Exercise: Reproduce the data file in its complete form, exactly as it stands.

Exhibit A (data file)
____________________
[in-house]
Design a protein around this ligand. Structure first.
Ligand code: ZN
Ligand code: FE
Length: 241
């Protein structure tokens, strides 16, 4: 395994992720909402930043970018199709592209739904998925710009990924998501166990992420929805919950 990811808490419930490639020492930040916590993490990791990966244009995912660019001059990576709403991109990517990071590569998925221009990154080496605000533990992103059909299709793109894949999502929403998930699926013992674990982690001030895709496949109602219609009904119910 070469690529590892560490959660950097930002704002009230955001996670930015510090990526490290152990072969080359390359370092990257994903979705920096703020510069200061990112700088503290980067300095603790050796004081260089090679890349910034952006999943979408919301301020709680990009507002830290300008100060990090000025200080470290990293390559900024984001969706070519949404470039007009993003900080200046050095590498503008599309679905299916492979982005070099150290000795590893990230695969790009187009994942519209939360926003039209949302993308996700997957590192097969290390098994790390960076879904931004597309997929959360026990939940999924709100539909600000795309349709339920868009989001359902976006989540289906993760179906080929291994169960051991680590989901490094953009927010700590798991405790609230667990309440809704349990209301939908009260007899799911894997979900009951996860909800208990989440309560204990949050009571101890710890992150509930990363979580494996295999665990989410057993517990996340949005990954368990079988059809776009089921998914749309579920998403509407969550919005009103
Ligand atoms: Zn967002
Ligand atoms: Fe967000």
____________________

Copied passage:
[in-house]
Design a protein around this ligand. Structure first.
Ligand code: ZN
Ligand code: FE
Length: 241
């Protein structure tokens, strides 16, 4: 395994992720909402930043970018199709592209739904998925710009990924998501166990992420929805919950 990811808490419930490639020492930040916590993490990791990966244009995912660019001059990576709403991109990517990071590569998925221009990154080496605000533990992103059909299709793109894949999502929403998930699926013992674990982690001030895709496949109602219609009904119910 070469690529590892560490959660950097930002704002009230955001996670930015510090990526490290152990072969080359390359370092990257994903979705920096703020510069200061990112700088503290980067300095603790050796004081260089090679890349910034952006999943979408919301301020709680990009507002830290300008100060990090000025200080470290990293390559900024984001969706070519949404470039007009993003900080200046050095590498503008599309679905299916492979982005070099150290000795590893990230695969790009187009994942519209939360926003039209949302993308996700997957590192097969290390098994790390960076879904931004597309997929959360026990939940999924709100539909600000795309349709339920868009989001359902976006989540289906993760179906080929291994169960051991680590989901490094953009927010700590798991405790609230667990309440809704349990209301939908009260007899799911894997979900009951996860909800208990989440309560204990949050009571101890710890992150509930990363979580494996295999665990989410057993517990996340949005990954368990079988059809776009089921998914749309579920998403509407969550919005009103
Ligand atoms: Zn967002
Ligand atoms: Fe967000």